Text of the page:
AMHERST, Mass. – Michael A. Henson, a chemical engineer at the University of Massachusetts Amherst, is one of three researchers working with a four-year, $1.8 million grant from the National Institutes of Health to study circadian rhythms in an effort to better understand the workings of the human body clock.
The research could provide the basis for new forms of light or drug therapies that will allow people with changing work schedules to stay alert when awake for long periods of time and to avoid chronic fatigue from irregular sleep. He says this affects people such as shift workers, physicians, soldiers, airline pilots and nurses who often don’t have set work schedules.
The other researchers are Erik Herzog of Washington University and Yannis Kevrekidis of Princeton University.This grant, awarded in the fall of 2016, is a continuation of funding from two previous grants from the NIH, issued in 2006 and 2012.
The team will focus on the impact of shift work and how changing work hours upsets the internal body clock leading to constant fatigue, Henson says. They will conduct experiments on mice and will observe how shifting the light-dark cycle from day-to-day affects them.
Henson says the key to understanding the circadian rhythm, the 24-hour oscillation of biochemical, physiological, or behavioral processes in the human body, is the suprachiasmatic nucleus (SCN) region of the hypothalamus, in the brain stem. “This is the master time-keeper for the entire body,” Henson says. It is part of the brain where about 20,000 neurons synchronize with each other to create the circadian rhythm that helps control sleep patterns.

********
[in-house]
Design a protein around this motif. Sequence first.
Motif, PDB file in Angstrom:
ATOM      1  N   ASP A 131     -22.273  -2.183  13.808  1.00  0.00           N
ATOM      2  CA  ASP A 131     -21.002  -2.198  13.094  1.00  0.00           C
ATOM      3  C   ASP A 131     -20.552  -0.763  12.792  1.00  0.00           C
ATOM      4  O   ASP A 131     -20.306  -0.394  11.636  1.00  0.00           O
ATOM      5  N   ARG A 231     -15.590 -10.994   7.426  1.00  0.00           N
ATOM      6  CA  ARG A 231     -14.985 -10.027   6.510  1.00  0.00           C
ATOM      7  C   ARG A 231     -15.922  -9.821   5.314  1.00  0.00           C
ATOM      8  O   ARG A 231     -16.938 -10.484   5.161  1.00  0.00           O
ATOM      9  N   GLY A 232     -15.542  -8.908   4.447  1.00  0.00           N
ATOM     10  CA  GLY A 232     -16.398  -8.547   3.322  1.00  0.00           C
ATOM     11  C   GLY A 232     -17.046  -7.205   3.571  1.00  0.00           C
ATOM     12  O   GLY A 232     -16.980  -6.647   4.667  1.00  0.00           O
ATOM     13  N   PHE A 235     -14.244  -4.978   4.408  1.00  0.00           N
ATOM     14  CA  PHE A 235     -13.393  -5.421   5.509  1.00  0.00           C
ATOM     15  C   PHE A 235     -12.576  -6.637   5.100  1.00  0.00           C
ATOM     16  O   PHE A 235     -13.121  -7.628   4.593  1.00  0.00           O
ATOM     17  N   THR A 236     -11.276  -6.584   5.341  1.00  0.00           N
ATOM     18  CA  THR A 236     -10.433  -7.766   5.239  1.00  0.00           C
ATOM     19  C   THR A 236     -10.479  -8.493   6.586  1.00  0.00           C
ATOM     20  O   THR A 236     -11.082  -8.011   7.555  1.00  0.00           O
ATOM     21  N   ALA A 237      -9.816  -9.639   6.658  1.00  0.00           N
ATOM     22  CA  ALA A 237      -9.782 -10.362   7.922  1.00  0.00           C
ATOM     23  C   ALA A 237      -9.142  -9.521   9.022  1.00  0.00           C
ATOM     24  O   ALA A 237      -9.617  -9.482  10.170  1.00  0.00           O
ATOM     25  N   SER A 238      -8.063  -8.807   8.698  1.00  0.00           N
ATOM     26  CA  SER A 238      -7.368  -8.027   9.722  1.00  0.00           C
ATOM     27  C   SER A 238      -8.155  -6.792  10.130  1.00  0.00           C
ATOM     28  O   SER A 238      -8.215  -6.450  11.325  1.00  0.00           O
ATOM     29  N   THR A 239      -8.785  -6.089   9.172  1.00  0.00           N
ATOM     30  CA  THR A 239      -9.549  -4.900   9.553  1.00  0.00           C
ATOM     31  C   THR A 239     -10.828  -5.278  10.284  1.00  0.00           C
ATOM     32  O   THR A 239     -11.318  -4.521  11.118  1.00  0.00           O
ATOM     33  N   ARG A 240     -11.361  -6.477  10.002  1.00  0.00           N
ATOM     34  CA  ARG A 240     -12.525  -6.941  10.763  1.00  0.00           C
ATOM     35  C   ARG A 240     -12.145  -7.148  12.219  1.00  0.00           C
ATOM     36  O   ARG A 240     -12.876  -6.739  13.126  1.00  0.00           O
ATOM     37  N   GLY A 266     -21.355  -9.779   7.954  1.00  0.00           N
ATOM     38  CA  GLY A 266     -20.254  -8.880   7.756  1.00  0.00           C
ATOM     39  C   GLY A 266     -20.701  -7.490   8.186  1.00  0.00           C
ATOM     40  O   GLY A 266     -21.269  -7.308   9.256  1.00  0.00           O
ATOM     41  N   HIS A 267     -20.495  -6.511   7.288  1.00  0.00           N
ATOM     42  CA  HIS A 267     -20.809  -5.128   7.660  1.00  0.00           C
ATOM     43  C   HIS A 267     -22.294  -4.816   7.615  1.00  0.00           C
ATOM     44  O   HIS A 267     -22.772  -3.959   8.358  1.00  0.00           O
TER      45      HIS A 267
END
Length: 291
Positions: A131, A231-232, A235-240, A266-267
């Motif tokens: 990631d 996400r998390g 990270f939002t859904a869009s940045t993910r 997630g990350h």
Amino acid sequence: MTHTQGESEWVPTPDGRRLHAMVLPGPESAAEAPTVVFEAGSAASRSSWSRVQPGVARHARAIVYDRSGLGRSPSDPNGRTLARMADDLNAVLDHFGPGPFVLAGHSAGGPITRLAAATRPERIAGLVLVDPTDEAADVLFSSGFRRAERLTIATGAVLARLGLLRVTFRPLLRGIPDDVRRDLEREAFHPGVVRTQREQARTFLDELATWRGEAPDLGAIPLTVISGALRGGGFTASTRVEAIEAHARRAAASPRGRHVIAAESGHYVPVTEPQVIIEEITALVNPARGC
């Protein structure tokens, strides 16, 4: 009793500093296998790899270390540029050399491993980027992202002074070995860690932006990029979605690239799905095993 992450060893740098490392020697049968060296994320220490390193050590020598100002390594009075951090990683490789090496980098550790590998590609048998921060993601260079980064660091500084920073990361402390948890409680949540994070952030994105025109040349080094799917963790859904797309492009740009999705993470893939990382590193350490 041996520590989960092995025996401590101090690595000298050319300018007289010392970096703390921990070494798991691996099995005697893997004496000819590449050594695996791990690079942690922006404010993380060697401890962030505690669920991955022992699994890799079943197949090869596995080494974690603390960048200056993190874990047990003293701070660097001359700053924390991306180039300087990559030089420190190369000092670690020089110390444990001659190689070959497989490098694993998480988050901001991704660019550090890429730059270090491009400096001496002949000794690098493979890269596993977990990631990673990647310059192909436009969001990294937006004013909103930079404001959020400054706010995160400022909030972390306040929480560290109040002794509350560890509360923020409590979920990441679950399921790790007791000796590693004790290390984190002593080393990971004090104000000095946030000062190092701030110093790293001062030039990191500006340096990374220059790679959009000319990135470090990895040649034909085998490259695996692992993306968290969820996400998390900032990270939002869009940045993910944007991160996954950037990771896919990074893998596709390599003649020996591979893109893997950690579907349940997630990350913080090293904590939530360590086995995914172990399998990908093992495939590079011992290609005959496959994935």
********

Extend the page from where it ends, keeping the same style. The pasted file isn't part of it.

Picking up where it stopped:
Those time-keeping neurons are influenced by external cues, especially daylight, and that information is sent to the brain stem via nerve fibers. He also notes that there are different kinds of neurons in the SCN region and they will be studying how they connect and organize as a group. “We’re tryin to understand how they exchange and process information,” Henson says.
Henson will create mathematical models that simulate how the neurons interact while Herzog will conduct and monitor the animal experiments and Kevrekidis will develop advanced simulation methods for solving the models.
“If you’ve ever traveled overseas,” Henson says, “You can certainly understand what we’re studying. Your body clock is thrown out of sync with the change in daylight hours you are used to, so jet lag sets in. Shift work can be viewed as chronic jet lag.”
Henson says that in case of jet lag, the body can adjust after a few days. In the case of shift workers or people who have constantly changing schedules, that adjustment is much harder to attain. He also says it’s not known how much of a shift in the light-dark cycle the body can experience before the negative effects take place. It’s also not known how much of that shift can be treated by drugs or light therapy, Henson says.